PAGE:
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Swerve Sugar Alternative Information

author image Bonnie Singleton
Bonnie Singleton has been writing professionally since 1996. She has written for various newspapers and magazines including "The Washington Times" and "Woman's World." She also wrote for the BBC-TV news magazine "From Washington" and worked for Discovery Channel online for more than a decade. Singleton holds a master's degree in musicology from Florida State University and is a member of the American Independent Writers.
Swerve Sugar Alternative Information
A family is baking. Photo Credit romrodinka/iStock/Getty Images

In light of an obesity epidemic in the United States, manufacturers are rushing to create new products to meet consumer demands for products that will help fight weight gain. Artificial sweeteners have become popular with consumers, and polyols are among the newest types of sugar replacers. The type of polyol found in Swerve has been used in Japan since 1990. Swerve is promoted as an all-natural sweetener with a great taste and few side effects.


Polyols are also known as sugar alcohols, even though they don’t contain alcohol. This class of sweeteners includes isomalt, lactitol, maltitol, mannitol, sorbitol, xylitol and erythritol. Erythritol is the polyol used in Swerve, a sugar alternative created by Catherine Wilbert, N.D., for PhytoCeutical Formulations. Erythritol is made by using microorganisms to break down fruits and vegetables, which yields white crystals after a fermentation process. Ordinarily, erythritol isn’t as sweet as sugar, but Dr. Wilbert uses a proprietary formulation that creates a product equivalent to sugar, meaning you can use a cup of Swerve to replace a cup of sugar. Swerve has zero calories and 5 grams of carbohydrates in one teaspoon.

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In addition to erythritol, Swerve contains oligofructose, resistant maltodextrin and silicon dioxide. Erythritol is absorbed into the bloodstream before it enters the large intestine and doesn’t cause the laxative and bloating effects that other sugar alcohols can. Oligofructose is a type of carbohydrate known as a fructan that is usually extracted from Jerusalem artichokes. Resistant maltodextrin is a low viscosity, water-soluble, indigestible carbohydrate produced by treating corn starch with acid, enzymes and heat. Silicon dioxide is the most abundant mineral in the Earth’s crust and is used in foods to prevent clumping or caking.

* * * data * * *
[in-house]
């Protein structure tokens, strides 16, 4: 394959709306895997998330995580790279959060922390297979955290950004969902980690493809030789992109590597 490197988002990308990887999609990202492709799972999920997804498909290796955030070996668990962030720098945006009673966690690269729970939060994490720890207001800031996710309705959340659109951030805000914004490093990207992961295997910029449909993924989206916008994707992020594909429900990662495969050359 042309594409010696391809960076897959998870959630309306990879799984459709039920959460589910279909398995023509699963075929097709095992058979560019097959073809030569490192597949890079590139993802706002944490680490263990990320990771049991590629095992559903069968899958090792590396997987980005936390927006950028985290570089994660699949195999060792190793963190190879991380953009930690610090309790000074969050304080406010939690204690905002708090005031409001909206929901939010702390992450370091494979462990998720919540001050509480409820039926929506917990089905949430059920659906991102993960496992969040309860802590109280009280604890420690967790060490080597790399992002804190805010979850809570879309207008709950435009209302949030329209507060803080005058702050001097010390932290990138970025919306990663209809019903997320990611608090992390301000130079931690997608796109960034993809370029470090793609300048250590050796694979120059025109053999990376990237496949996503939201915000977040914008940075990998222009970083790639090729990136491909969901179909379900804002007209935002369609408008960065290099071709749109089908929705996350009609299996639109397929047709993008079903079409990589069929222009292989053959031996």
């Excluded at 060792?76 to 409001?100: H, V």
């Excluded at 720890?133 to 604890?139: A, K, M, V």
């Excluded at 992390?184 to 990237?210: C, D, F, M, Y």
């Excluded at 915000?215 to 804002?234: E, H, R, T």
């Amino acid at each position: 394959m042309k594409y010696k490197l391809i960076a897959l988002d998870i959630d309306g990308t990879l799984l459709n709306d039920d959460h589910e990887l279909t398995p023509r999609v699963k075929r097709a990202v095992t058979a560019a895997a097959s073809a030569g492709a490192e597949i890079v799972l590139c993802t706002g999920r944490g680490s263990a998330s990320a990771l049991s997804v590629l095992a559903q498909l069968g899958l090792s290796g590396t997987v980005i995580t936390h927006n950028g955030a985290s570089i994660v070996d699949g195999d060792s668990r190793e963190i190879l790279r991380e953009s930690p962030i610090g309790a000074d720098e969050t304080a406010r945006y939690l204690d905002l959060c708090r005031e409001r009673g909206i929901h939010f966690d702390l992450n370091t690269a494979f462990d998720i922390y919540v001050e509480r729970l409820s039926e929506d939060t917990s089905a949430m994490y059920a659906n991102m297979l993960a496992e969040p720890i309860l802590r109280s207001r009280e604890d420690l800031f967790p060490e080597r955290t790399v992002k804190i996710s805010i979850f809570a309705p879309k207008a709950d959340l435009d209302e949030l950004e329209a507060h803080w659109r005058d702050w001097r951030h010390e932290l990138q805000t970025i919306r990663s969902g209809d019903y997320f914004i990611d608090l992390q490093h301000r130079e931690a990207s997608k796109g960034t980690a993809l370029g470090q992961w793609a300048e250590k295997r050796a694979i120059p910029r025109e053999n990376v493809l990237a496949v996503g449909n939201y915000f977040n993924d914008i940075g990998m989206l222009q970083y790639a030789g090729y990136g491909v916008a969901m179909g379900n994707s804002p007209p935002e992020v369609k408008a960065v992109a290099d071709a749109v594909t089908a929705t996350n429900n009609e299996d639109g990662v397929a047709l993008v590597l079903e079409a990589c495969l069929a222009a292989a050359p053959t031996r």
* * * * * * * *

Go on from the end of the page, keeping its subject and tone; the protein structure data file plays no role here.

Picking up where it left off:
Swerve is safe for diabetics because it doesn’t have any effect on insulin or blood sugar levels. A study from December 2003, published in “Nutrition Research Reviews,” found that of all the polyols, erithryitol had the lowest glycemic property, meaning it raised blood sugar levels the least. In that same month, research was published in the “Journal of Biosciences” demonstrating that oligofructose also had a low glycemic response and was able to reduce post-meal blood sugar levels. Resistant maltodextrin was reported to reduce constipation and the boost amounts of healthful bacteria in the large intestine in a study published in the “Journal of the American College of Nutrition” in April 2008.

Side Effects

All of the ingredients used in Swerve are on the list of foods the U.S. Food and Drug Administration considers to be GRAS, or Generally Recognized as Safe. Although erythritol is the least likely of all the sugar alcohols to cause gastrointestinal upset, large quantities may still produce symptoms such as gas, bloating and diarrhea in sensitive people. There have also been a few isolated reports of mild allergic reactions to erythritol that include itching and hives.

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